|From 5th New York|
The men of the Co. A, 5th New York Infantry (Duryee’s Zouaves) marched quietly, the lieutenant’s voice calling the cadence as they approached the regiment’s monument on the crest of the hill above Young’s Branch on the battlefield of Second Bull Run. The day is clear and hot, though perhaps not as humid as the August day one hundred forty-seven years ago when the regiment met its destiny atop this same hill.
Together with the 10th New York, another Zouave outfit, the 5th New York made up Warren’s Brigade of Porter’s Fifth Corps, Army of the Potomac. While Porter’s corps wasted its valor assaulting Stonewall Jackson’s position along the unfinished railroad in the area known as the Deep Cut, the 5th NY rested on the flank in reserve. Without warning, men of the 10th NY dashed past, fleeing the skirmish line in terror. The sledgehammer blow of Longstreet’s Corps was about to fall on the unsuspecting veterans of the 5th NY. Undaunted, they tried to form line. In their short and futile attempt to stem the tide of Longstreet’s assault, the 5th NY suffered 300 casualties of 500 men engaged.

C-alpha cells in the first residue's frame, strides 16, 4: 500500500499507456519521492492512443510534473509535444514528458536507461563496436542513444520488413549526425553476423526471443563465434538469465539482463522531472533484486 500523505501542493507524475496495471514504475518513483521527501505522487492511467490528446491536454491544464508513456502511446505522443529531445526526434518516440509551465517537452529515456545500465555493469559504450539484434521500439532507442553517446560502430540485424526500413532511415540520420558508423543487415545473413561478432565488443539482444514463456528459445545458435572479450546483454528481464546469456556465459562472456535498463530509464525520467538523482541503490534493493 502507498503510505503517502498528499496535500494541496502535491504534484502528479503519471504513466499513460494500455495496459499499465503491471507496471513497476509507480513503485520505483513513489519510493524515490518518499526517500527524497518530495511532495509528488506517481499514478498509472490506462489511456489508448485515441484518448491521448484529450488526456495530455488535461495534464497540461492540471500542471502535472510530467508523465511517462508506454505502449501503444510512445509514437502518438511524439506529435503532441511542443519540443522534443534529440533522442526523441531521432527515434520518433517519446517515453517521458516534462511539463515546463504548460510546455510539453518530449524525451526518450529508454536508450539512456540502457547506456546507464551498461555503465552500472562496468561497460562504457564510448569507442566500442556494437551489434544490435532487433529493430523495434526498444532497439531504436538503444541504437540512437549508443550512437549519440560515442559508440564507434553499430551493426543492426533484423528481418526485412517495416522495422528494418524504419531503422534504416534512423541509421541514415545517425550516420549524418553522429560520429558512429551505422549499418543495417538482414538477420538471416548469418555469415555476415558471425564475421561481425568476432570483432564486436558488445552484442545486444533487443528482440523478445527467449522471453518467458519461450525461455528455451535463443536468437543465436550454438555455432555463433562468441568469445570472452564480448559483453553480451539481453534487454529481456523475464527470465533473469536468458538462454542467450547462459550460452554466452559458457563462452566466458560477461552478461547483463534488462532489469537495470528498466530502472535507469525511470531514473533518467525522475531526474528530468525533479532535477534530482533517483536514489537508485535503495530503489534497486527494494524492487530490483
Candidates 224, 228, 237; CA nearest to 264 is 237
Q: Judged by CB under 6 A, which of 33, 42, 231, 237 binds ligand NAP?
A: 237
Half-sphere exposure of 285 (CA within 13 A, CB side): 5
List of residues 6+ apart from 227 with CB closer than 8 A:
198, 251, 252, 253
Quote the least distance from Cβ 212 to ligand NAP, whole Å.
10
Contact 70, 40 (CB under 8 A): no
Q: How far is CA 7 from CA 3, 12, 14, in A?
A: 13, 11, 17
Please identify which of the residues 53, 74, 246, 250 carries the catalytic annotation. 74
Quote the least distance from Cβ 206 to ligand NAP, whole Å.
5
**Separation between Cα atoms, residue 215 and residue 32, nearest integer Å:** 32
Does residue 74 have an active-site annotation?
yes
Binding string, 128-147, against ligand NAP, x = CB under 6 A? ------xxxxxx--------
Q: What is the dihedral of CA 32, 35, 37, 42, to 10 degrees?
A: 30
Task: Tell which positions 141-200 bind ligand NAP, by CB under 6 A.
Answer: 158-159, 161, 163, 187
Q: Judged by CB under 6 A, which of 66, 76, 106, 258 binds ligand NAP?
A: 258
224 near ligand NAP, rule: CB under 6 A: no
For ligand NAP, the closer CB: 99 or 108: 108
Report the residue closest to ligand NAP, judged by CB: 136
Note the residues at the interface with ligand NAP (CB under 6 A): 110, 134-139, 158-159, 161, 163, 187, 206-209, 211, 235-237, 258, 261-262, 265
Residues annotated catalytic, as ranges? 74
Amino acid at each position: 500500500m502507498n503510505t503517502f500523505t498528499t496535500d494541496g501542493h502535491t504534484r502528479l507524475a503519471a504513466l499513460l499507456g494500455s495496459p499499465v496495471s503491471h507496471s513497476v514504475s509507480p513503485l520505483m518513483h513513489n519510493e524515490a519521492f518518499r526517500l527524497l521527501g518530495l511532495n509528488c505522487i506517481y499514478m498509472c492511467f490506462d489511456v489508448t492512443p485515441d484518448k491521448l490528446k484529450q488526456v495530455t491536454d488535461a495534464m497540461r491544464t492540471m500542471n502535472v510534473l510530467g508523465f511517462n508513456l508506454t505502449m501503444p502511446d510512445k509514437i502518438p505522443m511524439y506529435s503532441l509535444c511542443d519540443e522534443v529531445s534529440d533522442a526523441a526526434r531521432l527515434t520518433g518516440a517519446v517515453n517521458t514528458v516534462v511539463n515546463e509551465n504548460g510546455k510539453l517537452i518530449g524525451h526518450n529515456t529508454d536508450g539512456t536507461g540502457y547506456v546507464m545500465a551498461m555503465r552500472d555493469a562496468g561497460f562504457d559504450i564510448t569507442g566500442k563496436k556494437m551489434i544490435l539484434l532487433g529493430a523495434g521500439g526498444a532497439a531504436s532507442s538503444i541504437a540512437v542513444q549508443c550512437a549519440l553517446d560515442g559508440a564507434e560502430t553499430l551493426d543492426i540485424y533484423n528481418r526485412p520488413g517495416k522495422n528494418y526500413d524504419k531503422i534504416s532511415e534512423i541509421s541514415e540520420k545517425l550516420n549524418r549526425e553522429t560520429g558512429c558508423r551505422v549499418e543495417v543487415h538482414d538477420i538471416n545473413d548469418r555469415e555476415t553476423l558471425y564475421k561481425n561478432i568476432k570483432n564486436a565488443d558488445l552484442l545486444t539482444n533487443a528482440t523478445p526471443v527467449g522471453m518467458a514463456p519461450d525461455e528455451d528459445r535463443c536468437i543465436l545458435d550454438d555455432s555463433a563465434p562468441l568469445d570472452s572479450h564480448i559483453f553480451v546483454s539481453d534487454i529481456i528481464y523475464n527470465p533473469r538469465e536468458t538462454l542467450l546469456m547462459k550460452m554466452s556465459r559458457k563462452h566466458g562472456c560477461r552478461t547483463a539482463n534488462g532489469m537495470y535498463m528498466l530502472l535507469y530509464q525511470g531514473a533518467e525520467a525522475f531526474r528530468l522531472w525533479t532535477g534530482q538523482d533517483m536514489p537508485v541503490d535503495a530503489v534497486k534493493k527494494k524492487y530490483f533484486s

Given the magnitude of their sacrifice at Second Bull Run, the veterans of the 5th NY saw fit to place their only monument atop that same ridge where they left so many of their comrades behind. In continued remembrance of their sacrifice, current members of the 5th NY meet on the battlefield each year on the anniversary of the fighting. After a guest speaker set the scene, the unit came to attention and the color bearers rested the national and regimental flags in the corners of the wrought iron fence enclosing the monument. Each member present posted forward, saluted the monument, and called the roll of men of their assigned company who gave “the last full measure of devotion” at this very spot one hundred forty-seven years ago.
I am confident the veterans of the 5th NY would have approved of this humble ceremony commemorating their service in the central conflict of this country’s existence. Once they had passed on, their monument fell into disrepair, its location on the battlefield largely forgotten. In the 1980’s, reenactors of the 5th NY took it upon themselves to refurbish the monument and established the annual ceremony I attended this past week. Without the efforts of organizations such as Co. A, 5th NY, we might conveniently forget those they seek to commemorate. The way they have chosen to do so is, I think, uniquely fitting.